We accomplish three objectives, all in the limit of low but non-zero dissipative forces. One is to discuss the equations of motion that describe the collision of two grains. The scenario is this: the two grains are initially just touching. Grain 1 has velocity and grain 2 has velocity . How these grains came to have these velocities is not important. If our two grains are elements in a granular gas, they may, for example, have arrived at this point due to previous collisions with other grains. Or, one might be preparing an experiment with just two grains, where one grain is given a kick of some kind at time to cause it to start moving with velocity while the other is initially at rest (). The equations of motion then determine the further evolution of the two granules.
Our second objective is to calculate the duration of a collision as a function of the initial velocities. This makes explicit our assertion that collisions are in general not instantaneous and that their duration in fact depends on the initial velocity of the colliding granules. As pointed out above, this in turn leads to a velocity-dependent coefficient of restitution.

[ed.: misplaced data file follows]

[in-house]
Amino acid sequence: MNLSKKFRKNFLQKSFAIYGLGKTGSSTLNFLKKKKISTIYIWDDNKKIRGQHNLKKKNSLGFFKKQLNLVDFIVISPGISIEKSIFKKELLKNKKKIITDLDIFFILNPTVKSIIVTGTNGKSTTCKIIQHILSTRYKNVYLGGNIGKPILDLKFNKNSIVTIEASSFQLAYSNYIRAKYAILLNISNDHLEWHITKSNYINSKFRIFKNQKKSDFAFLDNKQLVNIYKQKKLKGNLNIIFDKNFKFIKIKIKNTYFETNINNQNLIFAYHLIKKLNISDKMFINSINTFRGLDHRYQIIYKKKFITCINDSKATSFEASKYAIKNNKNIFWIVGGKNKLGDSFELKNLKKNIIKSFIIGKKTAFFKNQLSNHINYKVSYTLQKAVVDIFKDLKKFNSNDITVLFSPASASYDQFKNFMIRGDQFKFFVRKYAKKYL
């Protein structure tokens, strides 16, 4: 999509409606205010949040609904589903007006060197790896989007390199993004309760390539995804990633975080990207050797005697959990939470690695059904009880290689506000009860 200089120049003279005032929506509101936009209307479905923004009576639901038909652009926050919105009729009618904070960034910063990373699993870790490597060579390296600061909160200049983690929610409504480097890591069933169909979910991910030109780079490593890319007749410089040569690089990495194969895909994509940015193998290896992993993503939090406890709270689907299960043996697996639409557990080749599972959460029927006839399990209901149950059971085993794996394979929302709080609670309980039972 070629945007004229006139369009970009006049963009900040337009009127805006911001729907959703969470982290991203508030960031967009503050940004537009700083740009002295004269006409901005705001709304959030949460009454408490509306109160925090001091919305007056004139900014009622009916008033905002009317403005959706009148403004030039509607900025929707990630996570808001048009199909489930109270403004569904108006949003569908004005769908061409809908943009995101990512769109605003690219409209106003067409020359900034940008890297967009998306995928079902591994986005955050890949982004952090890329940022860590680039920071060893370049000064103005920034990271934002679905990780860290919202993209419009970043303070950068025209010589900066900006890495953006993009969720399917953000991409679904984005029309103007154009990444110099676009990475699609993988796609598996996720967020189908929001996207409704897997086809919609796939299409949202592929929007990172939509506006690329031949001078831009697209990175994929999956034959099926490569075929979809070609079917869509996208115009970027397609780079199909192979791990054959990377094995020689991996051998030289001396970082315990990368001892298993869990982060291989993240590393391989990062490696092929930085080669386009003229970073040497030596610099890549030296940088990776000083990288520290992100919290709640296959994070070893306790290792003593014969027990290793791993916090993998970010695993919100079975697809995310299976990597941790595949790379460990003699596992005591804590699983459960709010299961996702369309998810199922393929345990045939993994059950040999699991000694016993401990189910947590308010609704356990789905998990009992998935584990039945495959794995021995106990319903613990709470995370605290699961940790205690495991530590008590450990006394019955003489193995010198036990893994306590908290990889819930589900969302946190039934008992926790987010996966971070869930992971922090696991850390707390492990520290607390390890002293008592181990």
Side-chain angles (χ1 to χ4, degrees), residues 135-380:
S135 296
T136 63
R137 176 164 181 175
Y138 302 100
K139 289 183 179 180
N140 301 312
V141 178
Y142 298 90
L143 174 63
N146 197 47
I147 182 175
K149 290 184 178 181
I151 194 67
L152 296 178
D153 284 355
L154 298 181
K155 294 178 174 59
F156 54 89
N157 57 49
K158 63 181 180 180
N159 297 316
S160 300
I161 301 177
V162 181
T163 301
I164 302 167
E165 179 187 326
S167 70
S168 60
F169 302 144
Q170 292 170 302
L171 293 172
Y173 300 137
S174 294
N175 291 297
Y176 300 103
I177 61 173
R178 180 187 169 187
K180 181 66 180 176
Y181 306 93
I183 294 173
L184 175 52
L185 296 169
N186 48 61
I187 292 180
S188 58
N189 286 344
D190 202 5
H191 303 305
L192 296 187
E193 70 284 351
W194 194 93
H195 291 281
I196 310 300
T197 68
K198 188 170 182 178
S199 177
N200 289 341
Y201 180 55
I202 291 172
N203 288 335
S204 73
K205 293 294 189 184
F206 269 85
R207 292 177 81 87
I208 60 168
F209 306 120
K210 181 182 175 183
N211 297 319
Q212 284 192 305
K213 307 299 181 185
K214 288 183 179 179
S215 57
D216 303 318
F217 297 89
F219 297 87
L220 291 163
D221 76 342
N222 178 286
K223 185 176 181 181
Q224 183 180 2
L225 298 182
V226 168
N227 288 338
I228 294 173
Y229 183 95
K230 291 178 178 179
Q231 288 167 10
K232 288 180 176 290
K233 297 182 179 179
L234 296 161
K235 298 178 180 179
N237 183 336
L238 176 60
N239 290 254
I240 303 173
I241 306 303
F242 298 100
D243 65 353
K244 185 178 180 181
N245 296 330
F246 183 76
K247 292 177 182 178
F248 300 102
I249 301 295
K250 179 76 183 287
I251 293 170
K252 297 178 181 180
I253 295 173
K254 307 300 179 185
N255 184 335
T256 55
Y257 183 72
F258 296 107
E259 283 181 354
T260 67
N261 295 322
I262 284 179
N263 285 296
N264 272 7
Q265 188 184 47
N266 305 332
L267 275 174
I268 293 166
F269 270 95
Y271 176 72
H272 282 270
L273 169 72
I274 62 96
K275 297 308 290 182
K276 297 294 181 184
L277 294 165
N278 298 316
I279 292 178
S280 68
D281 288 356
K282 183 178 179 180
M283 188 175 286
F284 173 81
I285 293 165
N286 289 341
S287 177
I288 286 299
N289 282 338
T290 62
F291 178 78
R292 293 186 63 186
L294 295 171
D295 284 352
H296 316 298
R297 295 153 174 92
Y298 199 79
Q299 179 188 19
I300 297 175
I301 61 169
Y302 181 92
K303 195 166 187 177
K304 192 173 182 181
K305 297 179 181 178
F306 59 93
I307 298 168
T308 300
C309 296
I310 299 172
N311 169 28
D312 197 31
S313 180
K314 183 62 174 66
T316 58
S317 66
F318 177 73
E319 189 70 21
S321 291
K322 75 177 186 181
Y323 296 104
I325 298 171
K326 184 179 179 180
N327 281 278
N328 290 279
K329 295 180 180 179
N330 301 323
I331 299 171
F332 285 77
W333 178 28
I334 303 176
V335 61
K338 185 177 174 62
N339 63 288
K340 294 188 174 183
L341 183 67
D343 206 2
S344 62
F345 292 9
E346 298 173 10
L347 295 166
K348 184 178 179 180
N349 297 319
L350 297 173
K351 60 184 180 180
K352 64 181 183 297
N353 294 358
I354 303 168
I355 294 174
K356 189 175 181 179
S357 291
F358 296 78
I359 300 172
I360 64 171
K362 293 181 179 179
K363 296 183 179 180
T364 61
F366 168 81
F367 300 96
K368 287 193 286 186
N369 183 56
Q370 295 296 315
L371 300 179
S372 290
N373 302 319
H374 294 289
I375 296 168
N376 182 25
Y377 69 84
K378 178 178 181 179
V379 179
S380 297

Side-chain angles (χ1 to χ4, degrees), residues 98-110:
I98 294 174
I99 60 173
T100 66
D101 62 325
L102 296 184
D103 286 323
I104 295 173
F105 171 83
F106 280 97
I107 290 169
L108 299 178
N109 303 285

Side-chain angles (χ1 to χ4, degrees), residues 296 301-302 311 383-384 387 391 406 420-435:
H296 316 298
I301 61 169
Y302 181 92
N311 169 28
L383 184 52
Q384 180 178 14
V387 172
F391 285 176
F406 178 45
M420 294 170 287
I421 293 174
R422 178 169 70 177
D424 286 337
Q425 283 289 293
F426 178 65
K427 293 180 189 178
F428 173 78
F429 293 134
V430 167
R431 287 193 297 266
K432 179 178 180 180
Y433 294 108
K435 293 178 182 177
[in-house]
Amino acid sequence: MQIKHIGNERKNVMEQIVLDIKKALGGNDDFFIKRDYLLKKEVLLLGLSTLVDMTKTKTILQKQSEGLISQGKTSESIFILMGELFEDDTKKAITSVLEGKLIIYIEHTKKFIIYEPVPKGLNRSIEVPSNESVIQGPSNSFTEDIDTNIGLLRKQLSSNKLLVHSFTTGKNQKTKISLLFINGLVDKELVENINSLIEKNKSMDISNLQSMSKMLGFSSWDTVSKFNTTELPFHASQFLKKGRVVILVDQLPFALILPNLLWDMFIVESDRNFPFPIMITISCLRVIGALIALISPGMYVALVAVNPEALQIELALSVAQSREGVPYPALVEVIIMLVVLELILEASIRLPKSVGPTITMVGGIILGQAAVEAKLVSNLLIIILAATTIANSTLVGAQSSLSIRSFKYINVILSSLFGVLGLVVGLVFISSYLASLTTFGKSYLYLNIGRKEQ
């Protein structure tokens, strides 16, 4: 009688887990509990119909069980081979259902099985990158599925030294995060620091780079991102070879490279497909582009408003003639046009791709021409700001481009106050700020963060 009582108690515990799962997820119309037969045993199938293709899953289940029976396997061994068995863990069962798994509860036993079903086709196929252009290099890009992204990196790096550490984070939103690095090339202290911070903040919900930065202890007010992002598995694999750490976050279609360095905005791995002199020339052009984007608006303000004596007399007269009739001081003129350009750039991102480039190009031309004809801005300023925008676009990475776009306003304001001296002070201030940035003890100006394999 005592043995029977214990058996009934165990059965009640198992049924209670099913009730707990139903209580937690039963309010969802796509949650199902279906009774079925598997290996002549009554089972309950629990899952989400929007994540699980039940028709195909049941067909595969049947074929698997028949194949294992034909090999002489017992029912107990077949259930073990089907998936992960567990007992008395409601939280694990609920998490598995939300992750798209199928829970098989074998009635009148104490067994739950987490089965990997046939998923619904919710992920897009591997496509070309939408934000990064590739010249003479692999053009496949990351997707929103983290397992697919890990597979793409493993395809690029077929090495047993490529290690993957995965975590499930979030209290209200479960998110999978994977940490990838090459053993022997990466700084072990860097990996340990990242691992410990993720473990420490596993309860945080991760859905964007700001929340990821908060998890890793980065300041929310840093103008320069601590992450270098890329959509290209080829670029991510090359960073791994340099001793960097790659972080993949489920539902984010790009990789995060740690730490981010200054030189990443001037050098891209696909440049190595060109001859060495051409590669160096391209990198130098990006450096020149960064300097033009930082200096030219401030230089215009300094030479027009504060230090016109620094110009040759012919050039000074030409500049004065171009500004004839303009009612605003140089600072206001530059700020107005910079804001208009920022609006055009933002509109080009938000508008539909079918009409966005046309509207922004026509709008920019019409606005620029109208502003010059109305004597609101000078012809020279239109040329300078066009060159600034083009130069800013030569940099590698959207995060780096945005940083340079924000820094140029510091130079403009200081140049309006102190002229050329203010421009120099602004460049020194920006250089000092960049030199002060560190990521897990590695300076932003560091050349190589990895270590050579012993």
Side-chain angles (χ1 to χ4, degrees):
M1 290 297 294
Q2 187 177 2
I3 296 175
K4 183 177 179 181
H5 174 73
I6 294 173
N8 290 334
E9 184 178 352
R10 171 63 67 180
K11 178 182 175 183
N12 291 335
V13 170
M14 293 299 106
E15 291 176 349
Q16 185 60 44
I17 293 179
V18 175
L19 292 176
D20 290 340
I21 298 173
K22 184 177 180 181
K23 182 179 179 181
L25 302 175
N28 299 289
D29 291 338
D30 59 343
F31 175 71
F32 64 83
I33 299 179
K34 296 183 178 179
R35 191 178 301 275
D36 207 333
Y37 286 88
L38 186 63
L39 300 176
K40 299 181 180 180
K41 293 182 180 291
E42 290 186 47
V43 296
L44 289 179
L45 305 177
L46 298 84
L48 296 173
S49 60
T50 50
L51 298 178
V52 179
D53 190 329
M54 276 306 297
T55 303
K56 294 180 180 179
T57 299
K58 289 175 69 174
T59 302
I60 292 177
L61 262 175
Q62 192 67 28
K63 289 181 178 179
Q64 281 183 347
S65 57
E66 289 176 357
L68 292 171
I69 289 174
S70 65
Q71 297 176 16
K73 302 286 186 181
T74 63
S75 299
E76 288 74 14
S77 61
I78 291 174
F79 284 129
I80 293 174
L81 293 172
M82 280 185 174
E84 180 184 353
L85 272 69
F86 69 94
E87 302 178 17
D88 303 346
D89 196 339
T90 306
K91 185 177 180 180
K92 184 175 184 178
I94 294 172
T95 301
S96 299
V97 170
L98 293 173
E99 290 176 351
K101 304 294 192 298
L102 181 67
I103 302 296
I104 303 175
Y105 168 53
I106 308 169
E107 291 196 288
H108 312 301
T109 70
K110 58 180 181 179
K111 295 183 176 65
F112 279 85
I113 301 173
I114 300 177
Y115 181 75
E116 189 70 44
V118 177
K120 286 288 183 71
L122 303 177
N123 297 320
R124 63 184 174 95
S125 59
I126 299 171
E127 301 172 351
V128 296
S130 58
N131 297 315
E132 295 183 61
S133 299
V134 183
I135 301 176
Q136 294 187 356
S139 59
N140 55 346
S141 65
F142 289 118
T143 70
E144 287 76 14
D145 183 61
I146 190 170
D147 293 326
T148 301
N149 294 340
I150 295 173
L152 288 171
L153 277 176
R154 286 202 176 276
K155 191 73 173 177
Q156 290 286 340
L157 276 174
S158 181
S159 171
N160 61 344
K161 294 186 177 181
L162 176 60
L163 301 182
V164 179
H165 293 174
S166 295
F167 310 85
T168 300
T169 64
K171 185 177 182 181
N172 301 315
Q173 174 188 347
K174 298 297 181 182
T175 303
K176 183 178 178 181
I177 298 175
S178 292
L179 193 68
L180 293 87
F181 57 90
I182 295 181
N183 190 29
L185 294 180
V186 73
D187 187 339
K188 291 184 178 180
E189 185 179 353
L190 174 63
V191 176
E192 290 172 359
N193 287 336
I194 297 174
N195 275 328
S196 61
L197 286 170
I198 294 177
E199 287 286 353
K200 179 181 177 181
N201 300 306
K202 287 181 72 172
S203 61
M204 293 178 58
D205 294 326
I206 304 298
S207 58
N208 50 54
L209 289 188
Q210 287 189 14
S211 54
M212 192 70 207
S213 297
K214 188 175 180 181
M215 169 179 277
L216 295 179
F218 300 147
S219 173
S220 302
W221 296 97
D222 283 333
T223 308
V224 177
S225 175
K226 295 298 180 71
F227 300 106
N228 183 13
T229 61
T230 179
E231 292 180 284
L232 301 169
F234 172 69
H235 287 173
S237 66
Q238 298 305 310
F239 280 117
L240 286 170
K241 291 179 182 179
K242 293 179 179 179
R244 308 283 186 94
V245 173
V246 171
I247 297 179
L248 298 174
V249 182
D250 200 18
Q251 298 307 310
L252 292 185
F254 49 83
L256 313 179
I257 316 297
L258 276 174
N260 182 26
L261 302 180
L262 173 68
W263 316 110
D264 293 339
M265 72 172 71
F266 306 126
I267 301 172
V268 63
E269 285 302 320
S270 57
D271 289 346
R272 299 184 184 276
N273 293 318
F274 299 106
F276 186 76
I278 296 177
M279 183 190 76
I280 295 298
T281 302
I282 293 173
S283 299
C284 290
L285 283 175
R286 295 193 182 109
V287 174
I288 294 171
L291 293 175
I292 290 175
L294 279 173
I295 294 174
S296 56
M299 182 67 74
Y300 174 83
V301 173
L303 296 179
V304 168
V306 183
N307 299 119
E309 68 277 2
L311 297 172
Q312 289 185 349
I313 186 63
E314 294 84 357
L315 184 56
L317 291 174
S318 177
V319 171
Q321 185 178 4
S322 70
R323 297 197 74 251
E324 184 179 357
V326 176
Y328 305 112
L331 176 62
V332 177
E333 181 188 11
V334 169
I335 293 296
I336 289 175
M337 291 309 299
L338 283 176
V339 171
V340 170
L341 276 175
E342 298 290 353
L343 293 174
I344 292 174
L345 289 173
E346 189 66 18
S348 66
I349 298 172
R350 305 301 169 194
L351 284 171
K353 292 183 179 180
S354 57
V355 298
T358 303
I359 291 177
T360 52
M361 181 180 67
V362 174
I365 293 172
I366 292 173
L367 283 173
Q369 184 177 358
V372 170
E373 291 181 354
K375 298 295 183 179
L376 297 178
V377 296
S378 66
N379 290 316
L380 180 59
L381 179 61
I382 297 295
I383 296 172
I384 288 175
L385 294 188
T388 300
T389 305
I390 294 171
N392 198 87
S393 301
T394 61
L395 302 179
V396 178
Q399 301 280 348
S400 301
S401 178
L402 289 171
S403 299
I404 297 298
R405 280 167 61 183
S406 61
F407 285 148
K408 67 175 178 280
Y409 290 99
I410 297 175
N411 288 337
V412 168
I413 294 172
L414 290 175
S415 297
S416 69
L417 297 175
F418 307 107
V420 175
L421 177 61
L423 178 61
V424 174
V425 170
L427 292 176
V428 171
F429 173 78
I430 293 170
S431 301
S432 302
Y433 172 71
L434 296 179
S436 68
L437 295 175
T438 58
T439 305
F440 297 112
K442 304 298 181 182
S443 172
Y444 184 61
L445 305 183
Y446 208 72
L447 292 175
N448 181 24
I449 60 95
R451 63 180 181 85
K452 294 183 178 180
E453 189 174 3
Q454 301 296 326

Our third objective is to calculate the coefficient of restitution and the final granular velocities. In the absence of dissipative forces the coefficient of restitution is equal to unity. We are able to explicitly calculate the lowest order corrections to this and thus to obtain an explicit form for the dependence of the coefficient of restitution on the initial velocity difference of the granules.
Ii The model